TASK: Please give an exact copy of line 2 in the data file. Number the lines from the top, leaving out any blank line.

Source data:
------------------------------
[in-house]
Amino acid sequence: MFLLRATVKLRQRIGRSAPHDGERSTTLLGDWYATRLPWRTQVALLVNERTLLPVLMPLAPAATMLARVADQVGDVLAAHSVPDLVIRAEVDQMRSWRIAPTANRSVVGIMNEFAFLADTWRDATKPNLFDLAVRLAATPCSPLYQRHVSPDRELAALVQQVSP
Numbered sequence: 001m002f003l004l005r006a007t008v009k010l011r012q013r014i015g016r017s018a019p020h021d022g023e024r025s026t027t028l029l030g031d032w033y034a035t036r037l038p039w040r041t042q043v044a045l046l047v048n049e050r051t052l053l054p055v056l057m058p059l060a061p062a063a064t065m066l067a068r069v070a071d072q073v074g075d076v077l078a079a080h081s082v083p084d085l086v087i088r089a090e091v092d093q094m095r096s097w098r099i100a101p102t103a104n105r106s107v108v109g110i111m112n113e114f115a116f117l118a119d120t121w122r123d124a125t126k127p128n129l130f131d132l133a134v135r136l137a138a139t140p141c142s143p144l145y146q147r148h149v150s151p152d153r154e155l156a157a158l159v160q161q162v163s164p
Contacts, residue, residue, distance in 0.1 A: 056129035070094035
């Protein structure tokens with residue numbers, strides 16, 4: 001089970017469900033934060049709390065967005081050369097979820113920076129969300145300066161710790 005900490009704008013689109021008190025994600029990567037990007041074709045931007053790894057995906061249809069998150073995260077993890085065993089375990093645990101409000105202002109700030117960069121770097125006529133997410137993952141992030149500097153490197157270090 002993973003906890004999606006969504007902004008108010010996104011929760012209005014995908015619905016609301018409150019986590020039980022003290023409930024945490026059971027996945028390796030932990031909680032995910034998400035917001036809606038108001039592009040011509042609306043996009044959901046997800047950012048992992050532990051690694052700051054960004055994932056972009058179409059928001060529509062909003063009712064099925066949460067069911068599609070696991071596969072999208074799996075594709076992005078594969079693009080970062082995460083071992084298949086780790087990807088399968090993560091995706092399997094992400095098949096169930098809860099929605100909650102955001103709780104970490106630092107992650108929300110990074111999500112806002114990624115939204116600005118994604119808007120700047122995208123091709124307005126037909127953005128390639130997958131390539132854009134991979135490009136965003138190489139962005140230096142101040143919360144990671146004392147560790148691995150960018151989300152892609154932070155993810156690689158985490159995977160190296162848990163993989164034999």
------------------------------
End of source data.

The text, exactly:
Amino acid sequence: MFLLRATVKLRQRIGRSAPHDGERSTTLLGDWYATRLPWRTQVALLVNERTLLPVLMPLAPAATMLARVADQVGDVLAAHSVPDLVIRAEVDQMRSWRIAPTANRSVVGIMNEFAFLADTWRDATKPNLFDLAVRLAATPCSPLYQRHVSPDRELAALVQQVSP